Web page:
By Kayleigh Hendricks ’23
Transgender awareness week annually kicks off on November 13th and leads up to Transgender Day of Remembrance (TDOR) on November 20th. This one week in November was created to memorialize the victims of transphobic violence.
Transgender Day of Remembrance was founded by transgender advocate Gwendolyn Ann Smith to honor the memory of Rita Hester who was a transgender woman killed in 1998.
“Transgender Day of Remembrance seeks to highlight the losses we face due to anti-transgender bigotry and violence,” said Smith. “I am no stranger to the need to fight for our rights, and the right to simply exist is first and foremost. With so many seeking to erase transgender people — sometimes in the most brutal ways possible — it is vitally important that those we lose are remembered, and that we continue to fight for justice.”
80% of Americans believe they have never met a transgender personally, meaning, a majority of the education surrounding the trans community overwhelmingly misrepresents and mischaracterizes trans people. This is significantly influenced from public perceptions, policy, and attitudes about the transgender community.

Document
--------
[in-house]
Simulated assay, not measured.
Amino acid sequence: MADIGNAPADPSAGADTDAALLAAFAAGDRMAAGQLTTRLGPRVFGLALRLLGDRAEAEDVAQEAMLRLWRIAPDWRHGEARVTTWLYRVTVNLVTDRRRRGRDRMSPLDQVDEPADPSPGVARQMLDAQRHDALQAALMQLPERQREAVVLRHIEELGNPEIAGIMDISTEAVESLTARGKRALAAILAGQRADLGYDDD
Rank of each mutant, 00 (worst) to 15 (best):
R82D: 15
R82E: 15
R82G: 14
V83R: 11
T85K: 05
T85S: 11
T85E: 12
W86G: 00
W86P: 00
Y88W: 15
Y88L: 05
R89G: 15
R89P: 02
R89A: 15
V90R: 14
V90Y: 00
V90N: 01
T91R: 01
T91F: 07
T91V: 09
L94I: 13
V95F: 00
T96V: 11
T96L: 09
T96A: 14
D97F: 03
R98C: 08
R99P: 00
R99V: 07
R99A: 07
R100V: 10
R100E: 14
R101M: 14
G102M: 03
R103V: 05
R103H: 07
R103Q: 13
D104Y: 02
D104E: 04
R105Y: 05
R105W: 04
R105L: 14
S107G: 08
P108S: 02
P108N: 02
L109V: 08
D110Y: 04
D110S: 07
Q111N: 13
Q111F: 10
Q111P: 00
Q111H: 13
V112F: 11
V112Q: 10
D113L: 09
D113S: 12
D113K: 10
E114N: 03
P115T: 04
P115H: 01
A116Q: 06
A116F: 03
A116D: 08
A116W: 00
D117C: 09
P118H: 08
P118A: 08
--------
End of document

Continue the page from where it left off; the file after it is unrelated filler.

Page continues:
Chanelle Pickett, an African-American transgender woman, was beaten and strangled in November 1995. A year before the murder, she and her sister, also an African-American transgender woman, had steady jobs, and were harassed for six weeks by a supervisor, then fired. Pickett was then murdered by William Palmers a man with a predatory attitude toward transgender women. Despite the strong physical evidence against him, Palmer was convicted only of assault and battery, and received two years of jail time.
“So far, at least 36 transgender or gender nonconforming people have been killed in 2020,” the Human Rights Campaign said in a statement. A majority of those were Black and Latinx transgender women. According to the statement, HRC has recorded the highest number of violent deaths of gender nonconforming people this year than any year since 2013, when they began keeping track. The year 2017 previously held the highest number of transgender fatalities with 31 recorded deaths,” Washington Blade writer, Parker Purifoy reported.
More information can be found at https://www.hrc.org/resources/transgender.